About this lesson
The X-bar and Standard Deviation chart is the variable data control chart used when the subgroup is large. This lesson explains how the data is recorded and interpreted on the pair of control charts. The lesson describes how to create this control chart in both Microsoft Excel and using Minitab. The lesson will include practice creating the charts.
The Xbar-S chart (Subgroup Mean and Standard Deviation) are the variable data control chart to be used when working with a subgroup sample that has ten or more units. It can be easily created in either Microsoft Excel or Minitab.
When to use
Use the Xbar-S Chart when seeking to control a product or process variable parameter with a high volume process. With high volume and a large number of data points, the standard deviation is a better gauge of the subgroup variation than is the range from max value to min value. The standard deviation uses all the data points and is not as easily impacted by an outlier.
The Xbar-S is comprised of a pair of control charts. These are normally aligned so that the Subgroup Mean (Xbar) chart is directly above the Standard Deviation chart. This aids in the recognition of special cause occurrences. The Subgroup Mean chart plots the average value of the data points that were used to sample the subgroup. The Standard Deviation chart plots the value of the standard deviation for all the subgroups. The standard deviation is always a positive number.
One other advantage of the Xbar-S chart is that it can work with subgroup sizes that vary slightly. However, they should always be greater than 10 data points. When the subgroup sizes are not equal, the control limit lines will not be straight lines but rather will be stair-stepped. This is because the constants used in the equations change with changing subgroup sample size.
Xbar-S Charts can be created in Microsoft Excel or in Minitab. Within Minitab, control charts are created by using the “Stat” pull down menu, then selecting “Control Charts.” Within the Control Charts window, select “Variable Charts for Subgroups” and then finally select “Xbar-S.” In the Minitab Xbar-S Chart panel, you will need to select the data columns with your data. If all the data is in one column, you will need to tell Minitab how many data points are in each subgroup. If all the data is in one column, the data subgroups must have the same number of points. If they don’t you must use the different column approach.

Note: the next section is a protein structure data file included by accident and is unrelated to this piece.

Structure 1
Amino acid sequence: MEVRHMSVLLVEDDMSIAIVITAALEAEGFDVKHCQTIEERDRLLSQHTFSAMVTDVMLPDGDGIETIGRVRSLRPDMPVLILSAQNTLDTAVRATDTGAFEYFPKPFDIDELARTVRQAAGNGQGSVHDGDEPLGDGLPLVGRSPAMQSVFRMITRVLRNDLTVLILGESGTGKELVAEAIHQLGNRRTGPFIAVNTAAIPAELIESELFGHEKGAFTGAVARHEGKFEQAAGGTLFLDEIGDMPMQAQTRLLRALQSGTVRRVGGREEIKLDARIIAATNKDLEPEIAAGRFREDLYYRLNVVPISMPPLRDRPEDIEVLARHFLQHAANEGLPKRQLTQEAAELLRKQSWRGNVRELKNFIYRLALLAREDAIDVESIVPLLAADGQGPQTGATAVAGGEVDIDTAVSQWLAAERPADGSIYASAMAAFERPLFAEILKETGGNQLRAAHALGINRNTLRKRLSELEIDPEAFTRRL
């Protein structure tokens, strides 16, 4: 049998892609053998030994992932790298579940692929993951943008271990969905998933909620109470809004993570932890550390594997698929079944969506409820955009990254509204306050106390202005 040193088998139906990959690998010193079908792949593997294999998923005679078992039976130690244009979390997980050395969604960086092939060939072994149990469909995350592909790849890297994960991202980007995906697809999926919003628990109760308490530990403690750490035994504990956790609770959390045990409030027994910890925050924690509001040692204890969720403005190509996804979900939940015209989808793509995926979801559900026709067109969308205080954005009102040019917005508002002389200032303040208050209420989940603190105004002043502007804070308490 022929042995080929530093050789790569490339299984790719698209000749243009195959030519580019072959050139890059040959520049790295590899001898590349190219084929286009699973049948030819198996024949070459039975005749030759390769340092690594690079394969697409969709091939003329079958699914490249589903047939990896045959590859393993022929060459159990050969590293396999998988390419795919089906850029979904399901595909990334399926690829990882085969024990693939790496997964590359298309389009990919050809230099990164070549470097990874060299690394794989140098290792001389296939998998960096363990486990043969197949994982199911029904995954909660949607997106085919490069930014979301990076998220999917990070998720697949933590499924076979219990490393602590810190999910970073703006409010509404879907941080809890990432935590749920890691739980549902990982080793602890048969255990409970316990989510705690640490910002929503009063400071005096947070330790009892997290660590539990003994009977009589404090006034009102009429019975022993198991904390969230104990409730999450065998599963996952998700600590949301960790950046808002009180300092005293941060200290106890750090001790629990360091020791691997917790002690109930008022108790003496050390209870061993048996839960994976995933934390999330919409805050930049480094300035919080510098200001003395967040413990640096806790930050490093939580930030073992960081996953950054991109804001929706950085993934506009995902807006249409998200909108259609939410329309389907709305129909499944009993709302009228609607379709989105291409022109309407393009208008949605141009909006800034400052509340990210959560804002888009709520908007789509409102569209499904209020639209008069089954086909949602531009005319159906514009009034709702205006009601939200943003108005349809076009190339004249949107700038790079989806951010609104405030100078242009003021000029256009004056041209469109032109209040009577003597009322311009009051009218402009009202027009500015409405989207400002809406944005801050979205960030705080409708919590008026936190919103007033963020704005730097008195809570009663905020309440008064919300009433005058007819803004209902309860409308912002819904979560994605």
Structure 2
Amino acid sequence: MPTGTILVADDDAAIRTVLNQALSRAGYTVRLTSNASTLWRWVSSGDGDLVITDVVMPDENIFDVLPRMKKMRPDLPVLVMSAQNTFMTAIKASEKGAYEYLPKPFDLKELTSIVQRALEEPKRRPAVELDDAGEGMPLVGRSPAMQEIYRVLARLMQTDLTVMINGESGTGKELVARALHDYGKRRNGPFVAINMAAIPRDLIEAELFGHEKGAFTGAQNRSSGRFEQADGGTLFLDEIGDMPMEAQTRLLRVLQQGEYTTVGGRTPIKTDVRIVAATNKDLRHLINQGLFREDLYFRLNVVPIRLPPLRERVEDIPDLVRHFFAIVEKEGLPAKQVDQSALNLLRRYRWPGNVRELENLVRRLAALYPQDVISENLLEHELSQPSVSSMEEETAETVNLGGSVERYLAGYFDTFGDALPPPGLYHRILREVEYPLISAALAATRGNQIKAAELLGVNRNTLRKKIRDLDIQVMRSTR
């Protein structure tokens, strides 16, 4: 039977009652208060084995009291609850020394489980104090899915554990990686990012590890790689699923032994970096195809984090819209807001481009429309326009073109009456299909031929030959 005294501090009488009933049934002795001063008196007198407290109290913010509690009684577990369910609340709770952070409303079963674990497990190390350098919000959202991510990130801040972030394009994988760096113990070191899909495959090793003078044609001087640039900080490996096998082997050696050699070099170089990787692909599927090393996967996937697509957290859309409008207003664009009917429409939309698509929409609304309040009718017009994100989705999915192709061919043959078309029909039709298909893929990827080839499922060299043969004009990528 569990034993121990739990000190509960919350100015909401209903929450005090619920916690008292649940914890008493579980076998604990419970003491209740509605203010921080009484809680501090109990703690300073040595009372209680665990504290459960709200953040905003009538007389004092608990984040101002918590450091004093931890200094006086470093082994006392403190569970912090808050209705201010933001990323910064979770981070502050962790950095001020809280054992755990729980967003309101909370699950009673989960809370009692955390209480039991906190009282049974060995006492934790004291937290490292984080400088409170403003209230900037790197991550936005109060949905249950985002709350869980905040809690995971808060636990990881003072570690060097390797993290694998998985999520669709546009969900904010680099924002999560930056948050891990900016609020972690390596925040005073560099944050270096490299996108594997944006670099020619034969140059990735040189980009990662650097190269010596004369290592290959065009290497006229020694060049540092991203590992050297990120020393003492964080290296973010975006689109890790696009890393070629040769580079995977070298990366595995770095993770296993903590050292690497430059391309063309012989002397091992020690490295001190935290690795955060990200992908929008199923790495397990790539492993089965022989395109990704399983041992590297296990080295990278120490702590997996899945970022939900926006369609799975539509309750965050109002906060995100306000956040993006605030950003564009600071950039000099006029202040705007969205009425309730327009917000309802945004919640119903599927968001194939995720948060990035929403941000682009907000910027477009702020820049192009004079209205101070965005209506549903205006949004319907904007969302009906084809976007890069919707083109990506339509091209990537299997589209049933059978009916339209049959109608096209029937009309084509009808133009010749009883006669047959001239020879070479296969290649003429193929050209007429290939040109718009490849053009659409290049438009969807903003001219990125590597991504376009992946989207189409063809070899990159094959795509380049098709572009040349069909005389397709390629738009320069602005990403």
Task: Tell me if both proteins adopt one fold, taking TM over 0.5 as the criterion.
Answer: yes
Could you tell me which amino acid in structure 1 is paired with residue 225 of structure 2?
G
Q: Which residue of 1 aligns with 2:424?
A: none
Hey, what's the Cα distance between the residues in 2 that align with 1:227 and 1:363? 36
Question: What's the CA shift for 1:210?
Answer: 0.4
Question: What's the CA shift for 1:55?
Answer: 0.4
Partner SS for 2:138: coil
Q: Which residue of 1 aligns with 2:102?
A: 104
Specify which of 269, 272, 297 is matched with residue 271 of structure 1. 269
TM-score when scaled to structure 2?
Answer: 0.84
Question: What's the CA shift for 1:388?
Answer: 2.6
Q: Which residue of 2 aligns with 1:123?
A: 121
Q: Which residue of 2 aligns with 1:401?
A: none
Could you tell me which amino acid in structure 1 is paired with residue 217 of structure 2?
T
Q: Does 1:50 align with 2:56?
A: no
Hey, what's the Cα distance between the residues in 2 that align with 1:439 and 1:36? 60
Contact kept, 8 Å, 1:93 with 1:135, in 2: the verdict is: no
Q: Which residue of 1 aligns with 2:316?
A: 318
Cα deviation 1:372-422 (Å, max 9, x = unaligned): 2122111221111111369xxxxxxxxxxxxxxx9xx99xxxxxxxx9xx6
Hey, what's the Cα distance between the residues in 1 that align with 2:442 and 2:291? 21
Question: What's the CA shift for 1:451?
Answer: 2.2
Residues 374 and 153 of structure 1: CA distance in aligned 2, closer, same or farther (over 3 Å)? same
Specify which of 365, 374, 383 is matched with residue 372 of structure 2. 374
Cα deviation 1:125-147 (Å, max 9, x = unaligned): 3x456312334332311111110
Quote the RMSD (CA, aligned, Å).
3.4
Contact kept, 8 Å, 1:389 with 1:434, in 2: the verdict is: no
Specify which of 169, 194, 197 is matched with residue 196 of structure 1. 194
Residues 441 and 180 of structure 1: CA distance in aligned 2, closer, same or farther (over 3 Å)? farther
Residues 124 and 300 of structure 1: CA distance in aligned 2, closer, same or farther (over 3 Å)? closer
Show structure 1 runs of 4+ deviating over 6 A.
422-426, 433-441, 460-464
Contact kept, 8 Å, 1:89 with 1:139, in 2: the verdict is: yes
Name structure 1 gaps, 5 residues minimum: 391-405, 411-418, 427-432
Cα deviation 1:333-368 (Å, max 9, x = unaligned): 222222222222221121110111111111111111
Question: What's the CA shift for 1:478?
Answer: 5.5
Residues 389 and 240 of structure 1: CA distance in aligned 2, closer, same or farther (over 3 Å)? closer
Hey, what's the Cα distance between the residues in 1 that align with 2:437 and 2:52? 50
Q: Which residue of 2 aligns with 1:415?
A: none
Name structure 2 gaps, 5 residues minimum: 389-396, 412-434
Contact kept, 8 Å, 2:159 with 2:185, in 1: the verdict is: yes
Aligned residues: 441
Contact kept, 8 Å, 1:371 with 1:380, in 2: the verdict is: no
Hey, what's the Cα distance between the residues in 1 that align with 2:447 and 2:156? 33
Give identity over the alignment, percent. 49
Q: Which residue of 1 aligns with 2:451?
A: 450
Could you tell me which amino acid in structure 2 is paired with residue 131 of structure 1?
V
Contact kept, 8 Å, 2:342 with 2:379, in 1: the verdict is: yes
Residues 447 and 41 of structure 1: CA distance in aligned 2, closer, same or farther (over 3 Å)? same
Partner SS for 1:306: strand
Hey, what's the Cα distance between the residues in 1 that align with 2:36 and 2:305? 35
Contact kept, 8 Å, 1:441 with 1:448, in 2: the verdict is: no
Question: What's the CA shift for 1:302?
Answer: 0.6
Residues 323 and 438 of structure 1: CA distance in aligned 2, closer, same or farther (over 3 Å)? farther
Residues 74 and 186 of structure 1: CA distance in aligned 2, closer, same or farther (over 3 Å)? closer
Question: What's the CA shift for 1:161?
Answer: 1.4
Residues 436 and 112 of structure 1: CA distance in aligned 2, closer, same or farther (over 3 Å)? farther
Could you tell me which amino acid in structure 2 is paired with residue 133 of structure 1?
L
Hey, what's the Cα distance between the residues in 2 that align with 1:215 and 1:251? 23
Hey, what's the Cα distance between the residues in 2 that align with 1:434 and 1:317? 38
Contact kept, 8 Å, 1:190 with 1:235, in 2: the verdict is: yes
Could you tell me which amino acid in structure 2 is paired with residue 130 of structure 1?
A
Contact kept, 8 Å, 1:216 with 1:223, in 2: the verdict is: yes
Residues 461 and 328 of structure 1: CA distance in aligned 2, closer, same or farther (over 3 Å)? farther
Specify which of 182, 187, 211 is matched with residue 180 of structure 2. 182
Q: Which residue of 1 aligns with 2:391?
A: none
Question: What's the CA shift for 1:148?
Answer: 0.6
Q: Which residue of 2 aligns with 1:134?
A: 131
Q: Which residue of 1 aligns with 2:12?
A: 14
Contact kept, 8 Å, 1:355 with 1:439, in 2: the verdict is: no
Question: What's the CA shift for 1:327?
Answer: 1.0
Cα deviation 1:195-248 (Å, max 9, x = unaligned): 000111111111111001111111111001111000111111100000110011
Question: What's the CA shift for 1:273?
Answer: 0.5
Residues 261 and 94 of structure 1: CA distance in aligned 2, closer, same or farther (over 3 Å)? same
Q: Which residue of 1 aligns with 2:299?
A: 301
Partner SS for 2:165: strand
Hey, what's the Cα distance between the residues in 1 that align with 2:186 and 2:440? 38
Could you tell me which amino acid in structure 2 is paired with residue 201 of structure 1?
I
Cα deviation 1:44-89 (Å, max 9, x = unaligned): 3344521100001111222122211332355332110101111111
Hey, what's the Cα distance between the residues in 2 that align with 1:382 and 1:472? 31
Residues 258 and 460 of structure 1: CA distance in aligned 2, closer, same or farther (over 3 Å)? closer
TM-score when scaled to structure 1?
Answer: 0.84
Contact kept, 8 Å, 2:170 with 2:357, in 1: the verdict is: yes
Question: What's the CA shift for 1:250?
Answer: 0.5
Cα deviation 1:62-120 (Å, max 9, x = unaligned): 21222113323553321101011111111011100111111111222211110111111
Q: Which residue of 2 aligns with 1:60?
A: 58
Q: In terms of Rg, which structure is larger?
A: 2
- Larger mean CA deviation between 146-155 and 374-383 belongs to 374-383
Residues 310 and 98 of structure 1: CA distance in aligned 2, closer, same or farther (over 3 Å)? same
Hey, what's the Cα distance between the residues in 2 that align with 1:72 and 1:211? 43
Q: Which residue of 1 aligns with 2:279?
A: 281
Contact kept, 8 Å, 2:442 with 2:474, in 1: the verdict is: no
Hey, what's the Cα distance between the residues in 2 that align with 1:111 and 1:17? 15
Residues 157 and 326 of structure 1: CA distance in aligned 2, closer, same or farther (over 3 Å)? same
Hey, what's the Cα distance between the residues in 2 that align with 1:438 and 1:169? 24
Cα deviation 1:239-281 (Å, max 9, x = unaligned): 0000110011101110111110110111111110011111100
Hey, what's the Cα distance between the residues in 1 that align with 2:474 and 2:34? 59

If creating the Xbar-S Chart in Excel:
- Measure the attribute for the first item in the subgroup sample and record the data in a column in Excel. Then measure the next item in the subgroup sample and record that in the next column. By doing this, each row in Excel represents a subgroup.
- In an adjacent column, calculate the Mean for each subgroup and then calculate the standard deviation for each subgroup. These will be the values that are plotted.
- Calculate the global mean for all the data points and the mean for the standard deviation values.
- Calculate the upper and lower control limits for the standard deviation plot.
- If the Standard Deviation plot shows an out of control condition, it must be corrected before proceeding to the Subgroup Mean plot, since that plot relies on the mean of the Standard Deviation in its control limit calculations.
- Now calculate the control limits for the Subgroup Mean data points.
- Plot the Subgroup mean, Standard Deviation, the calculated Means and the control limits.
- Take appropriate actions to remove special causes or to center your data within the customer spec limits.
Hints & tips
- Remember you are plotting the mean of the data, not the actual data.
- Be sure to use the subgroup sample size when selecting the A3, B3 and B4 constant values.
- Don’t select arbitrary subgroups, they should relate to the physical process or calendar groupings.
- The popularity of the Xbar-S chart is growing. When SPC was done manually, collecting the additional data points for an Xbar-S chart often required much more time. But the improved process knowledge was minimal as compared to an Xbar-R chart. In today’s business world with automation and the Internet of Things, there is plenty of data and processing it is essentially free. So this chart is being used more often.
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